Of course, once ID cards have been seen to fail, the government can start imposing 'more secure' or 'better' schemes for security. They'll admit defeat and once security loopholes and breaches have been publicised, the government will be able to offer an alternative 'solution'; How about implantable chips with your ID stored on them - no card to lose or get stolen! Always with you - and we can even put your medical records on it, just in case you're involved in an accident and doctors need your information urgently! Just look for the excuses in order to manipulate the next stepping stone of global control and your eroded freedom and privacy.
"They're having a laugh!" - but the joke's on you! There are various approximations for the cost of implementing the ID card scheme. Only one thing is certain, again verifiable from past history, all government IT projects go over budget and take far longer to implement than first thought. However, the government is expecting the tax payer to foot the bill of this scheme. Either they'll make a high charge (up to £70 ($150) per ID card per individual) or (more likely) they'll implement it via a form of stealth funding, by perhaps charging a nominal amount for the ID card itself, but increasing other things such as normal passports etc - although why would you need a passport if ID cards are so wonderful, and more secure??? If you still require a passport for security then why is the government touting ID cards in the first place? or are passports required for international boundaries? But wait, perhaps this is all a stepping stone to an international ID card scheme or one-world government. Orwell would be turning in his grave!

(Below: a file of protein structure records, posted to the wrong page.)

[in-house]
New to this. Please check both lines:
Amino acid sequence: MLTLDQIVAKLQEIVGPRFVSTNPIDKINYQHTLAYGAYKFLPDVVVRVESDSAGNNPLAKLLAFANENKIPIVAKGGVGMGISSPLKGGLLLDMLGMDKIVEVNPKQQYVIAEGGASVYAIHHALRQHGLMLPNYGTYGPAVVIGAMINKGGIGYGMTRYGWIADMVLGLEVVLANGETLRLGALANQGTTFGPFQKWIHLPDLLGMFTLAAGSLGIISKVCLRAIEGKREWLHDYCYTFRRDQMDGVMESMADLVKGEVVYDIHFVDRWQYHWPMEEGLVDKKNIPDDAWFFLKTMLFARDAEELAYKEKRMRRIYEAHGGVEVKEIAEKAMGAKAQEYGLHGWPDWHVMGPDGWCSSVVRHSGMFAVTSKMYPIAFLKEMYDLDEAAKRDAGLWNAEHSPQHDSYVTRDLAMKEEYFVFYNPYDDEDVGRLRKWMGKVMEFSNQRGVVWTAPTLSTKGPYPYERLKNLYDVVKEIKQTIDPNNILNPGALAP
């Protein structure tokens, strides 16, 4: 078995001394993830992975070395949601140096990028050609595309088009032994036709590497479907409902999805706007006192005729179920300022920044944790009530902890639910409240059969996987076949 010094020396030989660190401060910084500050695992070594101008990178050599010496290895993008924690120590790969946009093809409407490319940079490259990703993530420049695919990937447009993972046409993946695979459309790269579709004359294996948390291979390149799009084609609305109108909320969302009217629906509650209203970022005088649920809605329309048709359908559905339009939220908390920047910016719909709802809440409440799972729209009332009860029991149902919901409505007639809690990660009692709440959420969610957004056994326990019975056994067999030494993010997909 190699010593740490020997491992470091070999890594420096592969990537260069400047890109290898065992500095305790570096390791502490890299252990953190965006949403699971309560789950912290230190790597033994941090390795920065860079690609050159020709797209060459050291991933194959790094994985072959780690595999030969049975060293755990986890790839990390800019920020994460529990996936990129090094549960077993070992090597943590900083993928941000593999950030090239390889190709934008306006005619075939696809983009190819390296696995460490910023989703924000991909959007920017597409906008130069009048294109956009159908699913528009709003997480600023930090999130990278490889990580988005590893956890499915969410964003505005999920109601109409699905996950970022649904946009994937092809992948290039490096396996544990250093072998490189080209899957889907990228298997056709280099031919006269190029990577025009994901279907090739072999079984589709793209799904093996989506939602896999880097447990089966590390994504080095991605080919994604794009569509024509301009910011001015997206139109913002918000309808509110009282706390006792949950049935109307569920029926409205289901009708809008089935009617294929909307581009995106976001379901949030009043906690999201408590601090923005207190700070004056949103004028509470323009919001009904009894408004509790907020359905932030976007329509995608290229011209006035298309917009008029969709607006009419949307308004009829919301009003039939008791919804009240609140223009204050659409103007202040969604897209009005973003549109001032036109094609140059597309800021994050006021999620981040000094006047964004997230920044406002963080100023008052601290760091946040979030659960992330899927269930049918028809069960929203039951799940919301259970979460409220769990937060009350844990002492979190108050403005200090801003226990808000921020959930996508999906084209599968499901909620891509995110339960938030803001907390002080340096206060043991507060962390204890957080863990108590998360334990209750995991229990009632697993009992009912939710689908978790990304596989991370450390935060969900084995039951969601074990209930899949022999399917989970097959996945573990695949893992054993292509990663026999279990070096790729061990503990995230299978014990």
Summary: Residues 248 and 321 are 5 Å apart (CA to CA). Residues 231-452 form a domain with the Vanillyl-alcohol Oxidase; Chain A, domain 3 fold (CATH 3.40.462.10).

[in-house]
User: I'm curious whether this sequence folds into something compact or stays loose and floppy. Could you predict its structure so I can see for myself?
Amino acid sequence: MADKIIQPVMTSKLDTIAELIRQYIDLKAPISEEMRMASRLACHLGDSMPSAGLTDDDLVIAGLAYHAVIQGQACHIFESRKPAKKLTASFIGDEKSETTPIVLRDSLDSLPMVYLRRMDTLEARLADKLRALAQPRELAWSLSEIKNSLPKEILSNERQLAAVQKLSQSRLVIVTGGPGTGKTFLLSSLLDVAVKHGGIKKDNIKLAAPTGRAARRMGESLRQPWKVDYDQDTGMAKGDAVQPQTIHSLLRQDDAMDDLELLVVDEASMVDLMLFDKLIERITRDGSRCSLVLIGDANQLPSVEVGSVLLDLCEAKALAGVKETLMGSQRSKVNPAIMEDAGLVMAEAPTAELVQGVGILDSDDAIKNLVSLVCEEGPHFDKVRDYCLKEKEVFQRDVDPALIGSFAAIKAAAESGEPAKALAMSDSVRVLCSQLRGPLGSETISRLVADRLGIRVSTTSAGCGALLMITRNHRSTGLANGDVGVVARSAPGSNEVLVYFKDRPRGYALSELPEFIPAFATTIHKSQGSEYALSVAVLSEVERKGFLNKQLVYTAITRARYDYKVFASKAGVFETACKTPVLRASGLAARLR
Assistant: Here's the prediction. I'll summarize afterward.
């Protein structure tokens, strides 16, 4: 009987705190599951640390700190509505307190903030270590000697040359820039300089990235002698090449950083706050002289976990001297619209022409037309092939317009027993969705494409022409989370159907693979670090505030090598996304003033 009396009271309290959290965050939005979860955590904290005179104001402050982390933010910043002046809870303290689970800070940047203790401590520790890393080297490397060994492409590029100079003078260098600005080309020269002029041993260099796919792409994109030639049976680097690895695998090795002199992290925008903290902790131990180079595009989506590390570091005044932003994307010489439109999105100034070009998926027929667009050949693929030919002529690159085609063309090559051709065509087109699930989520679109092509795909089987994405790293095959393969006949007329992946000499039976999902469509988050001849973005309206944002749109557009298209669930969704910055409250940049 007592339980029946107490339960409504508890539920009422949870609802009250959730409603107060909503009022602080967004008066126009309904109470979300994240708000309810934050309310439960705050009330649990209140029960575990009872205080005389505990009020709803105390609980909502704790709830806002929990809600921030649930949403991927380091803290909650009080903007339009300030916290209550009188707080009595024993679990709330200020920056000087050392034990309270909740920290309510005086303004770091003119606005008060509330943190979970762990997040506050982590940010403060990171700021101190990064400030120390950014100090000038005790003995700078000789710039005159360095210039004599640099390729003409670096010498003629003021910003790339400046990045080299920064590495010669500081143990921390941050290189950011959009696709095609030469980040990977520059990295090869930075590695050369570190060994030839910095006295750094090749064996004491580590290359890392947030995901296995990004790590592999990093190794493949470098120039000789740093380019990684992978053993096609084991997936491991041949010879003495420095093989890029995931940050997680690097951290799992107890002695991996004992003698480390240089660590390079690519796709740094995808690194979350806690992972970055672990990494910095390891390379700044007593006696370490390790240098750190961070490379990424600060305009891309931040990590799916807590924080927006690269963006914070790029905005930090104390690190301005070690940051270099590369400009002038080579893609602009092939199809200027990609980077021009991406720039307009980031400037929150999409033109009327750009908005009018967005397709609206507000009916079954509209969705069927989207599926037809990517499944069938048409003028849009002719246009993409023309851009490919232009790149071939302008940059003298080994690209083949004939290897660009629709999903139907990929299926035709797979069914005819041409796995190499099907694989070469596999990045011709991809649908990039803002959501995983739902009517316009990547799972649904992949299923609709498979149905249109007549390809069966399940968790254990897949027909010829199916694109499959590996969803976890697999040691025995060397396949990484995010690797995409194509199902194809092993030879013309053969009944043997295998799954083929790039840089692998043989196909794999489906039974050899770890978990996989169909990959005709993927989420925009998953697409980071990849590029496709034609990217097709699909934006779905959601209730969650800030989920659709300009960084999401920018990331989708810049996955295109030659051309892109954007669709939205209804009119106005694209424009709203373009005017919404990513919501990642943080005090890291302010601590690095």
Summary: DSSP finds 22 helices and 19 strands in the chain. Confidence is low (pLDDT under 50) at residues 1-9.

A few examples of government I.T. projects going over budget and failing to work on time;
· UK Government hit by a wave of IT problems (Europa IDA)
· e-Government Briefing (Trend Monitor) - Interesting article about how government policies are tied to obselete notions and being well behind in their implementation.
· UK government hit with another large computer failure (Computerworld)
· UK government hit with another large computer failure - biggest in UK government history (Free Republic)
· Computer blunders plague government (BBC News)
· Search for Inland Revenue NIRS2 problems (Inland Revenue's own site)
· Poor planning at root of CSA project delays (Computer Weekly)
· Government cocks up another computer project (The Register)
· Magistrates' £390m system faces further delays, warns project head (Computer Weekly)
· EDS Annual Reports (EDS)
At least not for the uses that the government and media would like you to believe - that of national security and the elimination of terrorism, benefit fraud and other crimes. That's merely the cover story to fool the public. Terrorists aren't deterred by ID cards - in fact, they'll probably be first in the queue to get one. After all, people who actually want ID cards have nothing to hide, have they???
Passports, driving licences and birth certificates can already be faked. ID cards will be no different - apart from the reward for doing so being higher, thus a higher bounty offered by criminals requiring them - thus higher crime.
No, ID cards are an ill-conceived scheme to build a central database of personal records and information, biometric data and merely a stepping stone to a micro-chipped, centrally controlled and manipulated population. OPPOSE THEM NOW!!!
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(see also reasons to refuse Chip and PIN cards)
Last edit: 10th Apr 2016 at 1:55pm